Question regarding castle doctine in missouri - Page 2

Question regarding castle doctine in missouri

This is a discussion on Question regarding castle doctine in missouri within the Carry & Defensive Scenarios forums, part of the Defensive Carry Discussions category; Hey 1911 and Ortho: If you "presume imminent danger" and are real about it, at least in SC, there is no "one answer does not ...

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  1. #16
    Distinguished Member Array kelcarry's Avatar
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    Hey 1911 and Ortho: If you "presume imminent danger" and are real about it, at least in SC, there is no "one answer does not fit all" in the equation. Someone is trying to breakdown your door or your window---he is not my neighbor, he is not the fiire dept, he is not any of these "what ifs"--am I missing something here? He dies.


  2. #17
    VIP Member Array oakchas's Avatar
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    orthodoc...."sawbones" if you will... (Man, I've had enough of you guys over the years, but that's a different story.)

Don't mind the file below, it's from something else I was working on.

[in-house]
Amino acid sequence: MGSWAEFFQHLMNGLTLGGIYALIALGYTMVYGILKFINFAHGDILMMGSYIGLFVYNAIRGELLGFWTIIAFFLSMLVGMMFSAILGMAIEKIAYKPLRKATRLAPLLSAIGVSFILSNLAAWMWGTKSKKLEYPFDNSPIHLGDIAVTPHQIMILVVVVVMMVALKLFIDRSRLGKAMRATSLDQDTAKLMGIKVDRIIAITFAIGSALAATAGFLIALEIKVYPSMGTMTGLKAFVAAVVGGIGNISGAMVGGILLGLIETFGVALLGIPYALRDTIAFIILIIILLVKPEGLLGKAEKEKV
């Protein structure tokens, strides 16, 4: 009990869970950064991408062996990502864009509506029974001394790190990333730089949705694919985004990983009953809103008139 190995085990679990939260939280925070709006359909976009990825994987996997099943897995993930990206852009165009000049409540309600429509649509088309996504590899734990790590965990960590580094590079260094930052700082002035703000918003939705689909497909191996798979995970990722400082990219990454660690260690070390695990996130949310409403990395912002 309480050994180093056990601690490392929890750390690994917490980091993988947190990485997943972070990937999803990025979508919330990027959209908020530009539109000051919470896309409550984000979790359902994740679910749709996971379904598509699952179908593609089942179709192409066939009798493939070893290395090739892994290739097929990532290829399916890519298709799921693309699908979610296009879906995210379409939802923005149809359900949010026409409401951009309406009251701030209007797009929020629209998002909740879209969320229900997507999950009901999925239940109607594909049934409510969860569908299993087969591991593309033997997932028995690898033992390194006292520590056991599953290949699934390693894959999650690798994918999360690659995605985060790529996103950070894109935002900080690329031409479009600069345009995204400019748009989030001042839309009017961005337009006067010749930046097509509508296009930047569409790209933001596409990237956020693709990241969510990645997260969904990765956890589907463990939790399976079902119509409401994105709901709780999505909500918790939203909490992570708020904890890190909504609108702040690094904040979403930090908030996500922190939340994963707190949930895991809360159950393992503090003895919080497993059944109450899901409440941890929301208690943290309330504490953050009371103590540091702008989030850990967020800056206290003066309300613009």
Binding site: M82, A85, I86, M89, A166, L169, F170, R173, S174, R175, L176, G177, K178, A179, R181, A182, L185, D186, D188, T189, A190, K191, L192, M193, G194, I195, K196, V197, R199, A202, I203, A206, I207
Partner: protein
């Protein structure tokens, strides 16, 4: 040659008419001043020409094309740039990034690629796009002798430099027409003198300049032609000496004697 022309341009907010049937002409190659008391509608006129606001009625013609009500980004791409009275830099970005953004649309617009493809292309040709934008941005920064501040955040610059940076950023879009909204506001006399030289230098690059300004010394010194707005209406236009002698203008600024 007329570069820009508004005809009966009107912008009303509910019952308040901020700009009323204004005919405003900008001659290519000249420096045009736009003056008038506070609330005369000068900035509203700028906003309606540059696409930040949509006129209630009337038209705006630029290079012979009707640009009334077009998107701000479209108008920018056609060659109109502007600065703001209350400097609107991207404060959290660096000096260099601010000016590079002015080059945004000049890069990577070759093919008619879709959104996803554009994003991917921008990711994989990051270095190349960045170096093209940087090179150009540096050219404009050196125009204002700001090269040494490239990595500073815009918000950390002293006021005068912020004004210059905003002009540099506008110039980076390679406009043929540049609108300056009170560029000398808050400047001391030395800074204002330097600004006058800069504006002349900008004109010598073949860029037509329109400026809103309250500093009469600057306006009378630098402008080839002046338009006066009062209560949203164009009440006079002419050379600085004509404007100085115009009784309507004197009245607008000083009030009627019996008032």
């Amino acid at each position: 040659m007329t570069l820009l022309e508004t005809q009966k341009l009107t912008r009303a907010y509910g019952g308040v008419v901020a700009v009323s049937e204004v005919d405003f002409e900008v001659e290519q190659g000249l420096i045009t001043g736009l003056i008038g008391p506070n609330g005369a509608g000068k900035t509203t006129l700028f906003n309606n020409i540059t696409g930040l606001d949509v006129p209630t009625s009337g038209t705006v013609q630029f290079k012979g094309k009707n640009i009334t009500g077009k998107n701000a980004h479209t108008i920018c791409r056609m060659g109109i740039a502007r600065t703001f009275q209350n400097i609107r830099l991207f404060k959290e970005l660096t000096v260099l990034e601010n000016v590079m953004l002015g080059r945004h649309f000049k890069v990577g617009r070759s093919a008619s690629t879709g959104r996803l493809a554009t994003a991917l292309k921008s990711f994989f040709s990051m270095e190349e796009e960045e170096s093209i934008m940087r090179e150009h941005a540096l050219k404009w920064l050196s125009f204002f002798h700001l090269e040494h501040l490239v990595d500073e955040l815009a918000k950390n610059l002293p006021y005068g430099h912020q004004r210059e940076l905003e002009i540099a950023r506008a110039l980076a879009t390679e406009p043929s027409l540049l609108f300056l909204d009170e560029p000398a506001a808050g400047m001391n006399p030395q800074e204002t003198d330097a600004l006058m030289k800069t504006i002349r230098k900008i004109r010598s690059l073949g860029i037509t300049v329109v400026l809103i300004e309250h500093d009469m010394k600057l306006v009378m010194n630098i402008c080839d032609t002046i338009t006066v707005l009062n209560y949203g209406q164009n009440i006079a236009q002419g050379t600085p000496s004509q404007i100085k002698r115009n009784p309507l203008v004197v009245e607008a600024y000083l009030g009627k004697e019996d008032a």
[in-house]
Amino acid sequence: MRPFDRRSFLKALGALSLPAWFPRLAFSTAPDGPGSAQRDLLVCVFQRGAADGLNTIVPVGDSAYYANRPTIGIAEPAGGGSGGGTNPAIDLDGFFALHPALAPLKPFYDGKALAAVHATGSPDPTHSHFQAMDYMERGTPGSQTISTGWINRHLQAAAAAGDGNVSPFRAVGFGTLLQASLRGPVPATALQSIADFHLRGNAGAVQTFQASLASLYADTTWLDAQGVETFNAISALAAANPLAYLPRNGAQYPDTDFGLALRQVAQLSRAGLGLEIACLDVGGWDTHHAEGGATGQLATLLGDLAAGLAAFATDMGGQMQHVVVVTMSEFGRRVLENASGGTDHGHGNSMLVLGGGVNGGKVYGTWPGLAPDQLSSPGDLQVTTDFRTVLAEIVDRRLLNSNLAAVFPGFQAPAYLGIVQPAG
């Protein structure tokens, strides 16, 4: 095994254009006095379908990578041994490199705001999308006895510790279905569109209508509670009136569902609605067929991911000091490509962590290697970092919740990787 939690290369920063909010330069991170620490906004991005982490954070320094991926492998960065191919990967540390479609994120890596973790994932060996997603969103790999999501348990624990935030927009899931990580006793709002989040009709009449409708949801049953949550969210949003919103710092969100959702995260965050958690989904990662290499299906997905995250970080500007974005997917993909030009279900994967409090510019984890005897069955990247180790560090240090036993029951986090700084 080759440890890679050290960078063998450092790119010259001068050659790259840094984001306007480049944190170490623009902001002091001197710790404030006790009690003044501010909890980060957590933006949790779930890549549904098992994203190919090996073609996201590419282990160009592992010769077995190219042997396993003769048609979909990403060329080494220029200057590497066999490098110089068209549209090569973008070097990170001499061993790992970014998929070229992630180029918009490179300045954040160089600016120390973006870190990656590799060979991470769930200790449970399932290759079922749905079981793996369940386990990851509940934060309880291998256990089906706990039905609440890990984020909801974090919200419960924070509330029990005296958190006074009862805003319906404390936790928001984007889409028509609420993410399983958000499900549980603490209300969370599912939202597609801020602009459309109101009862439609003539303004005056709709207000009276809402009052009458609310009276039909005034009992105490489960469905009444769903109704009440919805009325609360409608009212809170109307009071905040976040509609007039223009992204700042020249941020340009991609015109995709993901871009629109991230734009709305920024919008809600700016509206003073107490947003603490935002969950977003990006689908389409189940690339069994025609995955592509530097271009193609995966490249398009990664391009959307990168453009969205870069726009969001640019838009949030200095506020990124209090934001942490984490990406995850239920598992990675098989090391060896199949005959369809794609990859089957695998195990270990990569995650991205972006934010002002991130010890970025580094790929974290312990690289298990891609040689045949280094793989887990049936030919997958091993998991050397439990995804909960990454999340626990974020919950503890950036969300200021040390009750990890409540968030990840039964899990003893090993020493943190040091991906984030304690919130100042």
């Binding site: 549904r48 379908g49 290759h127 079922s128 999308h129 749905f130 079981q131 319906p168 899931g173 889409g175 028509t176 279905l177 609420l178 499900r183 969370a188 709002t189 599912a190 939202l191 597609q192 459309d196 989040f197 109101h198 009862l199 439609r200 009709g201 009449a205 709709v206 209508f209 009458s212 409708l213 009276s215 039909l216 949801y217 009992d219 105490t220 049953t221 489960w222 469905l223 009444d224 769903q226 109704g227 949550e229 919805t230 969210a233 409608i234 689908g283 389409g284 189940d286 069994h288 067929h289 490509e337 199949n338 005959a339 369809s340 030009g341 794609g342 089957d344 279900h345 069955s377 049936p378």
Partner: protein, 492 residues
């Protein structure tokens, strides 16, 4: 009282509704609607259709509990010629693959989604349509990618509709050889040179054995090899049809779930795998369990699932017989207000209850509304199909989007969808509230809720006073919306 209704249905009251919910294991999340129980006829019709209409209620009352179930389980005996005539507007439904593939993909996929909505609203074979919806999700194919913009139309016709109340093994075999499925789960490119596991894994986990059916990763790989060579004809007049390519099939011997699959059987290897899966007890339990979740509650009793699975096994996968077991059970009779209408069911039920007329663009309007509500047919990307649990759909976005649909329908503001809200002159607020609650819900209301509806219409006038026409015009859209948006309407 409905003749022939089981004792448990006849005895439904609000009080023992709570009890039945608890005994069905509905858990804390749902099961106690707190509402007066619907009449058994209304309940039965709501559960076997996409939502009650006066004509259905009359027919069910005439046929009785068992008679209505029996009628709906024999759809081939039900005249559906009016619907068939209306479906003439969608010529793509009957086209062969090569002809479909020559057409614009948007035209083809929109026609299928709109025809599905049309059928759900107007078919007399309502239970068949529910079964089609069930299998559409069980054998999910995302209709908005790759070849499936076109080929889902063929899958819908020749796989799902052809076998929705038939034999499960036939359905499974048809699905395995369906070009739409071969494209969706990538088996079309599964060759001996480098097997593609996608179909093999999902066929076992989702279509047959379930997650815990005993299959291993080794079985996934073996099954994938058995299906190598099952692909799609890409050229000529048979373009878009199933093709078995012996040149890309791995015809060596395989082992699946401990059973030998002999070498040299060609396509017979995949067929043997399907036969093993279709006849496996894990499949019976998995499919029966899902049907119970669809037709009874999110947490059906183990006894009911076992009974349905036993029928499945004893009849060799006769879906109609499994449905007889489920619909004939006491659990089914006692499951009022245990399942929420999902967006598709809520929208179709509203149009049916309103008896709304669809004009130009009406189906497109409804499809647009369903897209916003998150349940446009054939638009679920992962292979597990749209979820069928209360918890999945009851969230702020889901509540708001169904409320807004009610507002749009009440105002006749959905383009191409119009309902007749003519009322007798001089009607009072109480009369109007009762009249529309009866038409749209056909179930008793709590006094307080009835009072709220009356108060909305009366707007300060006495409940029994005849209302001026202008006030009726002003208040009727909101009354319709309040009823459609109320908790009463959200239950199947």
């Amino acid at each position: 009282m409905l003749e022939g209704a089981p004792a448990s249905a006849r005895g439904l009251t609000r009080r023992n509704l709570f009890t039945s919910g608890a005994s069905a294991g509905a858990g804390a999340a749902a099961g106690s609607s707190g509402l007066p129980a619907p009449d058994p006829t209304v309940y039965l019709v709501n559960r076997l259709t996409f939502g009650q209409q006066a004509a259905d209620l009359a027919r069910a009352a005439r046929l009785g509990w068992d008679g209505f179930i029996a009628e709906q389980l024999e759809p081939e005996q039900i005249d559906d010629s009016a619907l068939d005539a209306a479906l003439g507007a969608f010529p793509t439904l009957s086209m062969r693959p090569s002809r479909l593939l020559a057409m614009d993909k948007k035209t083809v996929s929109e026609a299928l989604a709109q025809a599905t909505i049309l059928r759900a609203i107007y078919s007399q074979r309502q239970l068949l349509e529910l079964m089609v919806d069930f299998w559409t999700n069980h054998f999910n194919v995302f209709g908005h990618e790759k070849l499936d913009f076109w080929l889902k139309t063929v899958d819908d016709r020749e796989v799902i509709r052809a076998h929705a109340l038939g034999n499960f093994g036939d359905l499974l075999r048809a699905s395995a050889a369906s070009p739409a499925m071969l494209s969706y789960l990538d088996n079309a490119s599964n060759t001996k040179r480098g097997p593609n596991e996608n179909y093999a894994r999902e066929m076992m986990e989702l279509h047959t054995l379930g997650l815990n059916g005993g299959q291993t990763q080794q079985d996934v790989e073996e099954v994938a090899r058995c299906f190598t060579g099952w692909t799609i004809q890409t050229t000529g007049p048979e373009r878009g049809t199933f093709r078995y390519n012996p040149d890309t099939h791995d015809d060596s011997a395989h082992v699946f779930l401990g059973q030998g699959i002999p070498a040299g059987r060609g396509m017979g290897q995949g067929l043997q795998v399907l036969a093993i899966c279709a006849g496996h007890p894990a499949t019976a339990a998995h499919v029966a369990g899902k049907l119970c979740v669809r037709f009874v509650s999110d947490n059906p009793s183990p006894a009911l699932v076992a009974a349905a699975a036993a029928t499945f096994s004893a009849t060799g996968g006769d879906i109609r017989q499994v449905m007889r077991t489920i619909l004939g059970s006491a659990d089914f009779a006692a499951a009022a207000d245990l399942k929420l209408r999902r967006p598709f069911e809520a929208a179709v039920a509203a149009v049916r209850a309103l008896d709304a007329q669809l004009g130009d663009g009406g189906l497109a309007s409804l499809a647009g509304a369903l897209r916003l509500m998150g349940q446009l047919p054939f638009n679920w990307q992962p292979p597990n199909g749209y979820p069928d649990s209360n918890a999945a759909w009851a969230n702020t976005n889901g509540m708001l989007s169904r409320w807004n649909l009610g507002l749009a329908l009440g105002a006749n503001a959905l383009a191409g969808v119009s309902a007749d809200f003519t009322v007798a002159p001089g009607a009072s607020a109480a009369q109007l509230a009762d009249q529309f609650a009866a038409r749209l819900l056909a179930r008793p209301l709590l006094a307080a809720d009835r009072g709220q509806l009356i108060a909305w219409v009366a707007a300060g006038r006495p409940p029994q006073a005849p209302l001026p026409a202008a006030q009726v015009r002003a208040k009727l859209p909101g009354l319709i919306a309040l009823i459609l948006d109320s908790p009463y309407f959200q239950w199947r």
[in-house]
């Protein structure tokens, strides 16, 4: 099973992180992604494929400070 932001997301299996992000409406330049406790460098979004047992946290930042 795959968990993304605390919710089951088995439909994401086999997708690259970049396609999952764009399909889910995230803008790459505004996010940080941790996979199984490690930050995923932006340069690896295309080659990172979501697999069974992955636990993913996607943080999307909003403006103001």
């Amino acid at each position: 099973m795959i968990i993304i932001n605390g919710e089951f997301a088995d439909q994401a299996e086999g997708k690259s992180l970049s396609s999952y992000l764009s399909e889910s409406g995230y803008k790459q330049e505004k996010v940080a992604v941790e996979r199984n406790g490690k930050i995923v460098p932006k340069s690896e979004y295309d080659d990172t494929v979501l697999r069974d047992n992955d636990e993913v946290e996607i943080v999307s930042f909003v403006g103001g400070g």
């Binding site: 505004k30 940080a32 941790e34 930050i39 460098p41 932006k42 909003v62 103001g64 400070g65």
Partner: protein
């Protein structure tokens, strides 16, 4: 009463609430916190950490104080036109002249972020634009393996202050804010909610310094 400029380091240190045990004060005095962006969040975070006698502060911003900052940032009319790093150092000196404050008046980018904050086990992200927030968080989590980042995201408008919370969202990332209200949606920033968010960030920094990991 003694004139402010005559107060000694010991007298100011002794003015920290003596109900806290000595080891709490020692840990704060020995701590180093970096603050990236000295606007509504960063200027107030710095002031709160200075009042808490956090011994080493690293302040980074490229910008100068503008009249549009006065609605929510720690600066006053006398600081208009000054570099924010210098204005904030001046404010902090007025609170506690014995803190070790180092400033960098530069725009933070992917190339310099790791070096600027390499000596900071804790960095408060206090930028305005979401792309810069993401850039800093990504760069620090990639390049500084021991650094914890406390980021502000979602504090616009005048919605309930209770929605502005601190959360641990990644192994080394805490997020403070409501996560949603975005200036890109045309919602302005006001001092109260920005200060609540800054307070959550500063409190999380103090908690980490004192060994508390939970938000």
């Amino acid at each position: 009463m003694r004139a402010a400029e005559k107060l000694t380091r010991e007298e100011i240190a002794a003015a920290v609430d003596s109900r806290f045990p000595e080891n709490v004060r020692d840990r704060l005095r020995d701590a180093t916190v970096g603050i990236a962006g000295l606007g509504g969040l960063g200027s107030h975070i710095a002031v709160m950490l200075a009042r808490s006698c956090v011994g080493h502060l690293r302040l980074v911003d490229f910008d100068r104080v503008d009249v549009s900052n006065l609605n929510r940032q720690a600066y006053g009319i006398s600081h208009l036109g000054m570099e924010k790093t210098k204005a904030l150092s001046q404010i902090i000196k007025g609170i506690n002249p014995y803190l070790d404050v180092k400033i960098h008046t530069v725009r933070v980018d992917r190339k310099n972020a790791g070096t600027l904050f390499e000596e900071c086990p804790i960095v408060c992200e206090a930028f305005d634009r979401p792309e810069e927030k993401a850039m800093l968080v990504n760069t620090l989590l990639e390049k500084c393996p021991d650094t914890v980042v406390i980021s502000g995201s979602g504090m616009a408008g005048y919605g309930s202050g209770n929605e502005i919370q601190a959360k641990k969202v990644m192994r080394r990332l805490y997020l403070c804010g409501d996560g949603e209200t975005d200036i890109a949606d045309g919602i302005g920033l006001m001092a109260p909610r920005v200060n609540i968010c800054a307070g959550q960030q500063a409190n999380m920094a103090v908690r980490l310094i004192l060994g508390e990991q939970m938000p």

As you point out the film will slow 'em down, but unless the doors themselves are reinforced... Strikemaster/door armor/what have you, the open door is one quick boot away...

    If the wife is that "set" against guns... could she pull the trigger on a BG? (probably, with kids to protect. Mama bear syndrome). But if your talking a minisafe... we're talking handgun...

    If it were me, and my household, and I was able to secure the perimeter as well as you have (in order to "buy time") This would be my "plan of defense:"

    She has the time to get to the gun? So, she has time to get to the bedroom. Probably, she has time to gather the kids as well...

    Get the kids together into the bedroom (or chose a safe room). Lock the door. Arm yourself. Use a CEL phone to call 911 (phone lines HAVE been cut in home invasions, and recently).

    I really think a shotgun is the answer here. Couple of reasons.